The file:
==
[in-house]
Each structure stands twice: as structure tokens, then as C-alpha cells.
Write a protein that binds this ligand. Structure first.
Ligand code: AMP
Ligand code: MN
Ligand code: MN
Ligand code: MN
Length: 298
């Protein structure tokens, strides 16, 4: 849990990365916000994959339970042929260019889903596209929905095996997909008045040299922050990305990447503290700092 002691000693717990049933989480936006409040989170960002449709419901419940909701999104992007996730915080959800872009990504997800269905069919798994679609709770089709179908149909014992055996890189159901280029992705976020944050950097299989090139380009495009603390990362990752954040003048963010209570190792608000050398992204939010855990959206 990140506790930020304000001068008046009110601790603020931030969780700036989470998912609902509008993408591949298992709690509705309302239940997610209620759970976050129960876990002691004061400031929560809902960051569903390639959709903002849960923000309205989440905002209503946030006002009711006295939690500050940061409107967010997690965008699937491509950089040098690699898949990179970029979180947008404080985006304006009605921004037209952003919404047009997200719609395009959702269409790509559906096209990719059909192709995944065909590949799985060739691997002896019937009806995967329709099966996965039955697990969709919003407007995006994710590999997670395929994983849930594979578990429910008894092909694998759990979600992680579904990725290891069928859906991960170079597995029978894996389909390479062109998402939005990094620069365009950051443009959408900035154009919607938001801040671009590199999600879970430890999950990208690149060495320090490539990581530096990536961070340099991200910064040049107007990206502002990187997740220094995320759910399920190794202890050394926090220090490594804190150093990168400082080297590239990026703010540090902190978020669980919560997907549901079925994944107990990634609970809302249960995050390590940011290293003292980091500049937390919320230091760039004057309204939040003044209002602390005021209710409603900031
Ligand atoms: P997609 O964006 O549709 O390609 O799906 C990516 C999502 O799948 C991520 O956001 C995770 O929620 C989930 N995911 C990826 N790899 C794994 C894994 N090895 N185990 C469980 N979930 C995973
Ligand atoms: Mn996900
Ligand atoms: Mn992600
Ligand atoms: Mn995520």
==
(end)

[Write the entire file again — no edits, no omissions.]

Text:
[in-house]
Each structure stands twice: as structure tokens, then as C-alpha cells.
Write a protein that binds this ligand. Structure first.
Ligand code: AMP
Ligand code: MN
Ligand code: MN
Ligand code: MN
Length: 298
């Protein structure tokens, strides 16, 4: 849990990365916000994959339970042929260019889903596209929905095996997909008045040299922050990305990447503290700092 002691000693717990049933989480936006409040989170960002449709419901419940909701999104992007996730915080959800872009990504997800269905069919798994679609709770089709179908149909014992055996890189159901280029992705976020944050950097299989090139380009495009603390990362990752954040003048963010209570190792608000050398992204939010855990959206 990140506790930020304000001068008046009110601790603020931030969780700036989470998912609902509008993408591949298992709690509705309302239940997610209620759970976050129960876990002691004061400031929560809902960051569903390639959709903002849960923000309205989440905002209503946030006002009711006295939690500050940061409107967010997690965008699937491509950089040098690699898949990179970029979180947008404080985006304006009605921004037209952003919404047009997200719609395009959702269409790509559906096209990719059909192709995944065909590949799985060739691997002896019937009806995967329709099966996965039955697990969709919003407007995006994710590999997670395929994983849930594979578990429910008894092909694998759990979600992680579904990725290891069928859906991960170079597995029978894996389909390479062109998402939005990094620069365009950051443009959408900035154009919607938001801040671009590199999600879970430890999950990208690149060495320090490539990581530096990536961070340099991200910064040049107007990206502002990187997740220094995320759910399920190794202890050394926090220090490594804190150093990168400082080297590239990026703010540090902190978020669980919560997907549901079925994944107990990634609970809302249960995050390590940011290293003292980091500049937390919320230091760039004057309204939040003044209002602390005021209710409603900031
Ligand atoms: P997609 O964006 O549709 O390609 O799906 C990516 C999502 O799948 C991520 O956001 C995770 O929620 C989930 N995911 C990826 N790899 C794994 C894994 N090895 N185990 C469980 N979930 C995973
Ligand atoms: Mn996900
Ligand atoms: Mn992600
Ligand atoms: Mn995520």